The Tay Do Citadel's location was strategically chosen for its defensive advantages, surrounded by rivers and rugged terrain, enhancing its military defense capabilities over its political, economic, and cultural significance. The outer citadel, made of earth and densely planted with bamboo alongside a wide moat nearly 50m across, encircles the inner citadel, which is rectangular in shape and made of large stone blocks with an earth-filled interior. The four main gates face the cardinal directions, with the largest being the southern gate, featuring massive stones (up to 7m long, 1.5m high, weighing about 15 tons). However, the palaces and residences within the citadel have been destroyed.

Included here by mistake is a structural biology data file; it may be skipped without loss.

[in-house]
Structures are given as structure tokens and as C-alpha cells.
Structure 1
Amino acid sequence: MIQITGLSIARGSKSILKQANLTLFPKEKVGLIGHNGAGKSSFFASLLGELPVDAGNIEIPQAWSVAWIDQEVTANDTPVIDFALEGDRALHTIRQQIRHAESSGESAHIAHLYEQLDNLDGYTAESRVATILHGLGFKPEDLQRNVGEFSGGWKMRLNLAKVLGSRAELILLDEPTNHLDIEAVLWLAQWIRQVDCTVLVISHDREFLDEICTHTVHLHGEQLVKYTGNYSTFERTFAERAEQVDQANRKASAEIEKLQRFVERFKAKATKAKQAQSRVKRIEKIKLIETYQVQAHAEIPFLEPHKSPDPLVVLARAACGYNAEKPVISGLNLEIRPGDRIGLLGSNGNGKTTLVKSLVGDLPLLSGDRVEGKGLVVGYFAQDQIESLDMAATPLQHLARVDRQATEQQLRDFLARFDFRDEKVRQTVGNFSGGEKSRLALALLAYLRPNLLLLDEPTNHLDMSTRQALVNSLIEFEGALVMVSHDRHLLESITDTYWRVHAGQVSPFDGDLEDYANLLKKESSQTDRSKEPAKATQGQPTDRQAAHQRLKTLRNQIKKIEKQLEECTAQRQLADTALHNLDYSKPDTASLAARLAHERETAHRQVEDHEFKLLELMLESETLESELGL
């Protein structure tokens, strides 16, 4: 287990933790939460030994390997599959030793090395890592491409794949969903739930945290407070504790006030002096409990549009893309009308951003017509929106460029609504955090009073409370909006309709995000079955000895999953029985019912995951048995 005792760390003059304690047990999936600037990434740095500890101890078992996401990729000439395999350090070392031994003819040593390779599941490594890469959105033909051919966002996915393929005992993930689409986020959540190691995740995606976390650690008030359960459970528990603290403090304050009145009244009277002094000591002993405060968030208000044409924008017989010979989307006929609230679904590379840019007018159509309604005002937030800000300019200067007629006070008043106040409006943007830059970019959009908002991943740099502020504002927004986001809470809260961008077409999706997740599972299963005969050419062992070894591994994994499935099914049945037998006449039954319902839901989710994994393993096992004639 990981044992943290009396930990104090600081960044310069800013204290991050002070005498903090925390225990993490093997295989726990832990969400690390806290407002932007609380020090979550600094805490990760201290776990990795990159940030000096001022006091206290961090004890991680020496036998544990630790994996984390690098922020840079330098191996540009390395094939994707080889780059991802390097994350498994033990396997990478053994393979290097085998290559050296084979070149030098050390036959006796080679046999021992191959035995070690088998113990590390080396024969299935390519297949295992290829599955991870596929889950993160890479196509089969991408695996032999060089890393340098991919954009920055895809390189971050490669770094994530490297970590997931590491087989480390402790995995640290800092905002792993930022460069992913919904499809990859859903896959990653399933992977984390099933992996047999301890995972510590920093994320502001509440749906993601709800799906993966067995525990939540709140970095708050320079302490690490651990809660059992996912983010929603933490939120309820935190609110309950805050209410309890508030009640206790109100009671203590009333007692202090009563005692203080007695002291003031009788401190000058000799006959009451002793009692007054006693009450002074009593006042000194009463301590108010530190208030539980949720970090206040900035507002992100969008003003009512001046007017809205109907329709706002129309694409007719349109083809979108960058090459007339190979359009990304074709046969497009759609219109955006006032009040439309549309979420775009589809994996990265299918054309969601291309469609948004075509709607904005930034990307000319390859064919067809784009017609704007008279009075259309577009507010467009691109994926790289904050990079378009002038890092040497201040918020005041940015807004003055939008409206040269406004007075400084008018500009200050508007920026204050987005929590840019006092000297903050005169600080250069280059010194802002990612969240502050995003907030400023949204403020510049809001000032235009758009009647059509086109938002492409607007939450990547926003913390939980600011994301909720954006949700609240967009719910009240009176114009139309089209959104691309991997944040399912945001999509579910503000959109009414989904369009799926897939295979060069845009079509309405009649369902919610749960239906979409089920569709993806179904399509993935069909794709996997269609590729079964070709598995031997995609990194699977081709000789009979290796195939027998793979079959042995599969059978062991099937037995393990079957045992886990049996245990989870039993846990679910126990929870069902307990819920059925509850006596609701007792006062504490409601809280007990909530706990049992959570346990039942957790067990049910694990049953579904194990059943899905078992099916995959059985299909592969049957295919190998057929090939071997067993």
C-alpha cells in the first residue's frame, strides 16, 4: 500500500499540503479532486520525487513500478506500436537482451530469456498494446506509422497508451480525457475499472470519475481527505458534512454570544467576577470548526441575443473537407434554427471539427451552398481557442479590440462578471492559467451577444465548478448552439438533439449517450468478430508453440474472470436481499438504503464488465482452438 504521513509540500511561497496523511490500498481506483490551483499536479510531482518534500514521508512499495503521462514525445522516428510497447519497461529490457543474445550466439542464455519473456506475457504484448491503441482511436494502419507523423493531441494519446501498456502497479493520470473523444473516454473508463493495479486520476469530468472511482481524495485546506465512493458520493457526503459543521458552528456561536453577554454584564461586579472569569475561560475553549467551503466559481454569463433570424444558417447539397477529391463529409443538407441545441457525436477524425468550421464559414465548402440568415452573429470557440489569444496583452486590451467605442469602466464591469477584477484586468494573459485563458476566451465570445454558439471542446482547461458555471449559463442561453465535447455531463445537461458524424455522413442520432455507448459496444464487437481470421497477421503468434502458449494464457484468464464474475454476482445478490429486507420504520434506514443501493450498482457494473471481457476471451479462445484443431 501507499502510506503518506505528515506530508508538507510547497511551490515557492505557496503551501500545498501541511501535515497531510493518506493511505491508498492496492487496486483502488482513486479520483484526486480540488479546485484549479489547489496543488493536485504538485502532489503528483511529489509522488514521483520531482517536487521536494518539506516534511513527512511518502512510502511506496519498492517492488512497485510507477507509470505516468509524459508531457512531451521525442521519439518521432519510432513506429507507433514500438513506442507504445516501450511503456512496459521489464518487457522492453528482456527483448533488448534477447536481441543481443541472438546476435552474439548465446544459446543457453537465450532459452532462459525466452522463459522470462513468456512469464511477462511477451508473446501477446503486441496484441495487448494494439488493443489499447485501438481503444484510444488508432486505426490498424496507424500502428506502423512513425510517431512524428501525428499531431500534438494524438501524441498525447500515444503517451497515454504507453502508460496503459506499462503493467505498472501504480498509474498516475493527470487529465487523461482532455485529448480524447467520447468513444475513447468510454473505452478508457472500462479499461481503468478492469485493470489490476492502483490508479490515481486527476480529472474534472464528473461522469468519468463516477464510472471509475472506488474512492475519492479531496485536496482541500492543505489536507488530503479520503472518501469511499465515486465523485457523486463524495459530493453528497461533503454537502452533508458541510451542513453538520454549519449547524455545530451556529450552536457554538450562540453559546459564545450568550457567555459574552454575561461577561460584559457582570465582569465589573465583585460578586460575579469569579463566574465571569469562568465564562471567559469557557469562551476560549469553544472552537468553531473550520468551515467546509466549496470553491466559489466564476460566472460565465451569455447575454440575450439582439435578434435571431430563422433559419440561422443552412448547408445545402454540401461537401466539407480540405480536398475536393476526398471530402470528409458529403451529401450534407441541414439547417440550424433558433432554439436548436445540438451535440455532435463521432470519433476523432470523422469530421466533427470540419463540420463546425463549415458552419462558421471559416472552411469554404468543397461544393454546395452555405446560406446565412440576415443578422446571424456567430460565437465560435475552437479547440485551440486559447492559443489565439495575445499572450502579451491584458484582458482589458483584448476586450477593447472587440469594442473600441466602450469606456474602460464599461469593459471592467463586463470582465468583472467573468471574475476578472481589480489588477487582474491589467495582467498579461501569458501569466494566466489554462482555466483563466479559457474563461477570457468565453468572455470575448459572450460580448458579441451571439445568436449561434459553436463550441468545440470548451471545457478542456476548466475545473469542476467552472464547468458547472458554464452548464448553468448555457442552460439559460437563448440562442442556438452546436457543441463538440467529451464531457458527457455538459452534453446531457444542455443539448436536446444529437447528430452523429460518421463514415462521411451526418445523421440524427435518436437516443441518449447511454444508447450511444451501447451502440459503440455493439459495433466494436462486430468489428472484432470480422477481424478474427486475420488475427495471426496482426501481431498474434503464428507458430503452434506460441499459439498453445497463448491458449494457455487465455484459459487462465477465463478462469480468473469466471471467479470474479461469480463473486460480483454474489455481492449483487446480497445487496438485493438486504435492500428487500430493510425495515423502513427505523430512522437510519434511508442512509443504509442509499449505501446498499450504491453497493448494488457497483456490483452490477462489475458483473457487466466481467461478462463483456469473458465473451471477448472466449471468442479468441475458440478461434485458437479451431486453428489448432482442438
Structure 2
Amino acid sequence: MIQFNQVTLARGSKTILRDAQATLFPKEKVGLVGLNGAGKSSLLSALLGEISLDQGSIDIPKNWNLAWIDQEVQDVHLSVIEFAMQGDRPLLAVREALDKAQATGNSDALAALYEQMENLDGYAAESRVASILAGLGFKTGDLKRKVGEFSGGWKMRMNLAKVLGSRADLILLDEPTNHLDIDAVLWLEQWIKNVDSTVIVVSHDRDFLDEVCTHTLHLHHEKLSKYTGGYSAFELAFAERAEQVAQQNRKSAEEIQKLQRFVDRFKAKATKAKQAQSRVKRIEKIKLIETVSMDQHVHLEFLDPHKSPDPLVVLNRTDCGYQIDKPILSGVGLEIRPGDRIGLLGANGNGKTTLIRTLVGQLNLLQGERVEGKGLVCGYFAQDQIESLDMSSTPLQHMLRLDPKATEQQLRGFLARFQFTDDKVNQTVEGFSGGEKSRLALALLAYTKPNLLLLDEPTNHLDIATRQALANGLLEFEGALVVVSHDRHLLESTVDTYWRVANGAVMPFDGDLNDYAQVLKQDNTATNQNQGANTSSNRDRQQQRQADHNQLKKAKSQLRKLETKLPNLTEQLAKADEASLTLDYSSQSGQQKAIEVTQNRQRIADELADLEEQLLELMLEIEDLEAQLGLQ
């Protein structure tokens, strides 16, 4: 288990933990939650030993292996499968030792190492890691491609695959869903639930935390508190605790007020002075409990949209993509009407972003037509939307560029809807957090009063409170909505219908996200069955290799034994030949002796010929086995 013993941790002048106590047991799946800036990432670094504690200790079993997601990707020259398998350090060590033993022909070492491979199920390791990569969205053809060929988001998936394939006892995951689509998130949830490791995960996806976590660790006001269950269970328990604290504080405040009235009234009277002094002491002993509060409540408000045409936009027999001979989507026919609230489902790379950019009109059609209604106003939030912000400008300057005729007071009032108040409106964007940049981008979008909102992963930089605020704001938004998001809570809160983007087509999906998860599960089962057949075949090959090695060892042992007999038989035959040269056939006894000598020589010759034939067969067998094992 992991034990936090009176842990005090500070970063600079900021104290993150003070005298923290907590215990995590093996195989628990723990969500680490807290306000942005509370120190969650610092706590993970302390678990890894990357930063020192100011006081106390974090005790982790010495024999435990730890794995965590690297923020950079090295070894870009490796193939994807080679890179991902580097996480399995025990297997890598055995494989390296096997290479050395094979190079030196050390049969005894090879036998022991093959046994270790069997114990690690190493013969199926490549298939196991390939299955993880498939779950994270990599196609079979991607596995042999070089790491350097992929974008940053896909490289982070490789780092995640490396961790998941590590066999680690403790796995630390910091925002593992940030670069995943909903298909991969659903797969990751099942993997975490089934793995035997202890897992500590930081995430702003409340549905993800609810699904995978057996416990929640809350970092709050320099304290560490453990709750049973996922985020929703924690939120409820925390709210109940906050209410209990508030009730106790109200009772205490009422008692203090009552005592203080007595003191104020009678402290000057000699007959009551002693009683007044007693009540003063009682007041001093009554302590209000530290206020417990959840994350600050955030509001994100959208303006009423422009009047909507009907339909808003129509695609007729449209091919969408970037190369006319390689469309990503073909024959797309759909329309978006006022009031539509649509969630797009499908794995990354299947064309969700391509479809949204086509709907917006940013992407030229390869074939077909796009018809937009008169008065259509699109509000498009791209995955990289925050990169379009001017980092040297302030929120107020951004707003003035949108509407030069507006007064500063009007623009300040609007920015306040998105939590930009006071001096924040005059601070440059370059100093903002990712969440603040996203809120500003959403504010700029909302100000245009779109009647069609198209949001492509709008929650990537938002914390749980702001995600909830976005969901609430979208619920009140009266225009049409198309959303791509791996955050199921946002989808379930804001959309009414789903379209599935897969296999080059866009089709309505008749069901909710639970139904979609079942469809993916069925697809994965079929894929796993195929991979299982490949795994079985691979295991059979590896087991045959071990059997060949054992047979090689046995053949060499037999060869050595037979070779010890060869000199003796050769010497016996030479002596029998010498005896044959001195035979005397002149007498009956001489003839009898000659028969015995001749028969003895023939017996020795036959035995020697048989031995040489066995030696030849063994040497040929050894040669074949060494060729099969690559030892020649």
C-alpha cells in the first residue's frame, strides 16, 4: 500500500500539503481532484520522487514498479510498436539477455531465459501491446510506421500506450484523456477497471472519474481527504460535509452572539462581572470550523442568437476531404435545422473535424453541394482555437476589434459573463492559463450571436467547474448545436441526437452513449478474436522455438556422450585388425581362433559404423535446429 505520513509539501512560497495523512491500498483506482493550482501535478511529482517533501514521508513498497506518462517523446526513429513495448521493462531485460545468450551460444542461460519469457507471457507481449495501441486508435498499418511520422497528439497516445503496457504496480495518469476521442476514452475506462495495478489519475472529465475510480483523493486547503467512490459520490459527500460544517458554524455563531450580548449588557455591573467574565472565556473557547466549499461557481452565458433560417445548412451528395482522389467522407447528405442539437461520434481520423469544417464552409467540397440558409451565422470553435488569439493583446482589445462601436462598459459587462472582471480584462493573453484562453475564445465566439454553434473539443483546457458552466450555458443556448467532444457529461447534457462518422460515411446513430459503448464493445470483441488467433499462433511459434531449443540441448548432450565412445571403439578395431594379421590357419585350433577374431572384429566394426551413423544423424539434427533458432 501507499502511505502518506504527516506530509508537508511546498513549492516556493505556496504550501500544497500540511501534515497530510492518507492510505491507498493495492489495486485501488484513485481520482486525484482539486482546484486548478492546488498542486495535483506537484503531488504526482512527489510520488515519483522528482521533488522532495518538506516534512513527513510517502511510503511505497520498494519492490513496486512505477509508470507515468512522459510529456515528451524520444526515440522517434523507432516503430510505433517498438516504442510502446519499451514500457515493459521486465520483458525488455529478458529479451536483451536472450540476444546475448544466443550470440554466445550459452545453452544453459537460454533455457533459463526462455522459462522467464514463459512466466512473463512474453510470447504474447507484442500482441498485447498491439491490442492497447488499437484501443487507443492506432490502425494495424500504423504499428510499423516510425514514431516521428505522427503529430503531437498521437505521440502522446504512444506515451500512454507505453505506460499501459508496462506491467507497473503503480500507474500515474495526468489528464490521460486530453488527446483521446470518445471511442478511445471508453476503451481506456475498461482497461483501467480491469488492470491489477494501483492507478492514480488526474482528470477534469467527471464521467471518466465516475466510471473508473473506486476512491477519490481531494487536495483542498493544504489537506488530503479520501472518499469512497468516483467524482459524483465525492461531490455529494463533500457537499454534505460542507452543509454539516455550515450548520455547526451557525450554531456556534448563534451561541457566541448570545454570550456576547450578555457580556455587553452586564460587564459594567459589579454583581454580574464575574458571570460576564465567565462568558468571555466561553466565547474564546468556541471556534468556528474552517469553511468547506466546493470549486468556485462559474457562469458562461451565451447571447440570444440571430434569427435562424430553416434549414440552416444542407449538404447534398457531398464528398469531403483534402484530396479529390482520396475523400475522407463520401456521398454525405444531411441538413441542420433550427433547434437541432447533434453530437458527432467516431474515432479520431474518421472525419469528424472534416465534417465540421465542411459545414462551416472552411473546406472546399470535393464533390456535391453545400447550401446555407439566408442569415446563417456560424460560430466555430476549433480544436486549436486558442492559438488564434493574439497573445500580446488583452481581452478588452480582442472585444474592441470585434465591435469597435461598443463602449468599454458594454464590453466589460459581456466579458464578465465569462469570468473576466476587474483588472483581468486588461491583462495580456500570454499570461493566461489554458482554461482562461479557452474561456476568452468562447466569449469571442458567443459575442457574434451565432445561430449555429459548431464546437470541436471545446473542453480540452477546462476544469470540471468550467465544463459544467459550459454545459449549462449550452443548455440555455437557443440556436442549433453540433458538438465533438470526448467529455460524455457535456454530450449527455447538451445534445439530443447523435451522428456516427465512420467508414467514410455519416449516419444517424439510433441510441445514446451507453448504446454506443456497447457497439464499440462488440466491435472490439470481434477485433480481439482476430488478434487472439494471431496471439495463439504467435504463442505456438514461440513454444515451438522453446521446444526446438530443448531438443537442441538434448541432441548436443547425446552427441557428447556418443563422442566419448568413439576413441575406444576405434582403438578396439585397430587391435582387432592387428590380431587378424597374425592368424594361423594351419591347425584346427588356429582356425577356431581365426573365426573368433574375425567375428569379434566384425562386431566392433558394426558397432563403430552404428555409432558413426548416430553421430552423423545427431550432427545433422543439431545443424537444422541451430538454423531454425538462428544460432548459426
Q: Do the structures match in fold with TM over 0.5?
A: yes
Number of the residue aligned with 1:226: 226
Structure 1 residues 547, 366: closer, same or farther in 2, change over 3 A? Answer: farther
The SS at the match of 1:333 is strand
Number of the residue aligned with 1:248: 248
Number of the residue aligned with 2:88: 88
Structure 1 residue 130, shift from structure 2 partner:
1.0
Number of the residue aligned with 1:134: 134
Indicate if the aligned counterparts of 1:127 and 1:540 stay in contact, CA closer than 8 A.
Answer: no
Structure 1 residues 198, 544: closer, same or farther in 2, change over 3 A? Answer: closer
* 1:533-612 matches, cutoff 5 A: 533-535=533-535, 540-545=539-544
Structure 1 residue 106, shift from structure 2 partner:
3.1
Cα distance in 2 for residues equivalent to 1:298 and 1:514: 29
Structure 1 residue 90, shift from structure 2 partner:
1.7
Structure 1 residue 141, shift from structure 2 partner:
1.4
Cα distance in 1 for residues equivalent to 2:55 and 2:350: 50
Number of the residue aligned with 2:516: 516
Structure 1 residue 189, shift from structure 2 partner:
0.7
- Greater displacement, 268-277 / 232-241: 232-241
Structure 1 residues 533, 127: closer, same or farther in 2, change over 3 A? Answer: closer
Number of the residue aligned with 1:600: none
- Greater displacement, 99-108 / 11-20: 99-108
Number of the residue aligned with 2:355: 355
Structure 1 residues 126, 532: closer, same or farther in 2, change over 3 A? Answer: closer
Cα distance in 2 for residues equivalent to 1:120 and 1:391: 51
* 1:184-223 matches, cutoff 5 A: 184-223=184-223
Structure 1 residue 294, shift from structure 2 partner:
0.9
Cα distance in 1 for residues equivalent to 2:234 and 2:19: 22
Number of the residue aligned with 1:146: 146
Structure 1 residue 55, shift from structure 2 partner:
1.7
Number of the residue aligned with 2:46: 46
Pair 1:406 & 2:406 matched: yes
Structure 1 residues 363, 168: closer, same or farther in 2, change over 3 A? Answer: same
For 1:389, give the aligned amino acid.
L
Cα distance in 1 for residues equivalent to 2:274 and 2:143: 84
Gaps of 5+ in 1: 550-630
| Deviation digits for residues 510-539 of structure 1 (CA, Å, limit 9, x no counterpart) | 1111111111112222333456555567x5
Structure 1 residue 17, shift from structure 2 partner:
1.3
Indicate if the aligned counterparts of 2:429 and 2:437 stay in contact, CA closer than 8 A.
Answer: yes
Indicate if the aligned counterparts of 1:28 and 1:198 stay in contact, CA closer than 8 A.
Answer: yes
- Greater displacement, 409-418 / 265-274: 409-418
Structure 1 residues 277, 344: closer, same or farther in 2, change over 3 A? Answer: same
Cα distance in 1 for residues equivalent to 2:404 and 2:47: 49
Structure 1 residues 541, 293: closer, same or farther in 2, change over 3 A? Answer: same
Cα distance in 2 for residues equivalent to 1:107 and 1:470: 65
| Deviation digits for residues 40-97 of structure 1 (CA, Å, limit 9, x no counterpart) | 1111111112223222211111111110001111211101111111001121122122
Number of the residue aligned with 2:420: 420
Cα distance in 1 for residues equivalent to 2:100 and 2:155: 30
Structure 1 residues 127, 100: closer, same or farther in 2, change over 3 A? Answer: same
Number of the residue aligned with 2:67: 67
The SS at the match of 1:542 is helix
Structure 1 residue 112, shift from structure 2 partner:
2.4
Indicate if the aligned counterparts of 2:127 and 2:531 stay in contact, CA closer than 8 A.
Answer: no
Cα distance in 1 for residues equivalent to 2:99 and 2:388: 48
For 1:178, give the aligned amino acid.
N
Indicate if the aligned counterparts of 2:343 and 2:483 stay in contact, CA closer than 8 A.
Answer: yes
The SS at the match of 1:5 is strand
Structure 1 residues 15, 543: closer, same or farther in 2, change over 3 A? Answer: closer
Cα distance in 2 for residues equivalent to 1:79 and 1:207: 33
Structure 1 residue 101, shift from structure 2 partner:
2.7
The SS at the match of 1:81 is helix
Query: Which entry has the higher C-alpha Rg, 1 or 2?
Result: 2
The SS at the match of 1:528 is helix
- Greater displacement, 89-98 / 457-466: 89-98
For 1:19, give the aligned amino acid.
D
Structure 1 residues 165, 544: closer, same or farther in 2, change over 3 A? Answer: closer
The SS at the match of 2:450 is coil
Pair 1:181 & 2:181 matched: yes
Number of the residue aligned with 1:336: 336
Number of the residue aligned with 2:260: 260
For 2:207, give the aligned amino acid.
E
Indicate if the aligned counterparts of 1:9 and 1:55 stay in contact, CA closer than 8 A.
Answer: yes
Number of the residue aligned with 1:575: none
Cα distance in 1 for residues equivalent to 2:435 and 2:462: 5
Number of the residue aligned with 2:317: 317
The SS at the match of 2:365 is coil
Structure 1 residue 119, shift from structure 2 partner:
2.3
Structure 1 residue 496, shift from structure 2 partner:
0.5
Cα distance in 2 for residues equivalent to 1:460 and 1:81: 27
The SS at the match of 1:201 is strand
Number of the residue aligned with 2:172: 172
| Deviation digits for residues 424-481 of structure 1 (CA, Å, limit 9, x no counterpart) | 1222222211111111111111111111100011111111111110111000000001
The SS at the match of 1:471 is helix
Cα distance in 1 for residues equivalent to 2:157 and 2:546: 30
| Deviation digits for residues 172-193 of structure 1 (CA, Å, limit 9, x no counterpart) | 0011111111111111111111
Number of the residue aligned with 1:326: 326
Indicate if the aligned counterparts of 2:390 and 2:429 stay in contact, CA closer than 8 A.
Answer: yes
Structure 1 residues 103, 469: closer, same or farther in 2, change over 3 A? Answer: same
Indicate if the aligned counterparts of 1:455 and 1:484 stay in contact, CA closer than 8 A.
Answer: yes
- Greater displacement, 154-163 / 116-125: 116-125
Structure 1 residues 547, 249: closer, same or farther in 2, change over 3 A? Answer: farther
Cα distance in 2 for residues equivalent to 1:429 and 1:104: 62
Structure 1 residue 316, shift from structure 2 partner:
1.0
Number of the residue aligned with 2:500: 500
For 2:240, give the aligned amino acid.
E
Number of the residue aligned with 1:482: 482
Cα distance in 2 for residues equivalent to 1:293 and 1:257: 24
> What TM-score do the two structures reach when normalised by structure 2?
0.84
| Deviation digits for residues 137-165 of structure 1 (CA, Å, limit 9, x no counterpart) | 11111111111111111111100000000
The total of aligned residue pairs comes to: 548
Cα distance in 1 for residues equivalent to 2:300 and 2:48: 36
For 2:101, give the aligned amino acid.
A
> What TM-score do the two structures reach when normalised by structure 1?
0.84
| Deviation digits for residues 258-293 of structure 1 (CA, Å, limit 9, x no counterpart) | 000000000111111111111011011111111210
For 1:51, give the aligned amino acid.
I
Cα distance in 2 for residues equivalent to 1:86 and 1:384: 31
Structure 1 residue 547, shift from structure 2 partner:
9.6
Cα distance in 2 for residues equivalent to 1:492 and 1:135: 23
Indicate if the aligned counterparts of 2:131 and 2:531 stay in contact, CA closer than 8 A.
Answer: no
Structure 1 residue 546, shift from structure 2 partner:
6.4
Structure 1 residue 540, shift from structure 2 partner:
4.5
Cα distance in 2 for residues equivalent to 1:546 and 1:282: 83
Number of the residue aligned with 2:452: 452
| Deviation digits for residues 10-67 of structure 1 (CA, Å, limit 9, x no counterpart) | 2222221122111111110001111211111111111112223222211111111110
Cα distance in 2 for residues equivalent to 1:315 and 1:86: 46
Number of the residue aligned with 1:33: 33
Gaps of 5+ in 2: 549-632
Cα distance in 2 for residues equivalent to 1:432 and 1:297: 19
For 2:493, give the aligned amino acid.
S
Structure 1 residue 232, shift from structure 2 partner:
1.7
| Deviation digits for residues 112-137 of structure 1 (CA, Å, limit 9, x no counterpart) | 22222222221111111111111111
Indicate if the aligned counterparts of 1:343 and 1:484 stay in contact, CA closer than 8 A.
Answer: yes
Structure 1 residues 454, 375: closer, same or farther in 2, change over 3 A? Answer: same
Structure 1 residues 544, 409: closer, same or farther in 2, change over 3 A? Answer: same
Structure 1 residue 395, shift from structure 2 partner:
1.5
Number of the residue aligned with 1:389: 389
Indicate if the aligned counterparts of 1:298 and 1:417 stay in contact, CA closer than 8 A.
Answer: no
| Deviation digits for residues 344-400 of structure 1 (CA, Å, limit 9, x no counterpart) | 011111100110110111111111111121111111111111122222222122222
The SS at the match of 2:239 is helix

After six years of preparation and submission to UNESCO, on June 27, 2011, at the 35th session held in Paris, France, the World Heritage Committee officially recognized the Ho Dynasty Citadel as a World Cultural Heritage site.

Explore Ho dynasty’s relics : A shadow of Vietnamese history

Ho Dynasty Citadel Wall

Investigating the remnants of the Ho Dynasty provides an exclusive look into the hidden paths of Vietnam's history, echoing the voices of a prosperous past. These enduring relics tell the tale of a dynasty that played a crucial role in shaping Vietnam's cultural and political realms. From the grand ruins of the Ho Citadel to the detailed relics that remain, every artifact unfolds a segment of history, revealing insights into architectural advancements, social frameworks, and the dramatic occurrences that molded the country. Immersing oneself in these historical remnants feels like traversing through a story of ages past, where each relic and stone bears witness to the enduring legacy of the dynasty and its permanent impact on Vietnam's cultural legacy. Reach out to us today to discover more about the Ho Dynasty's fascinating history!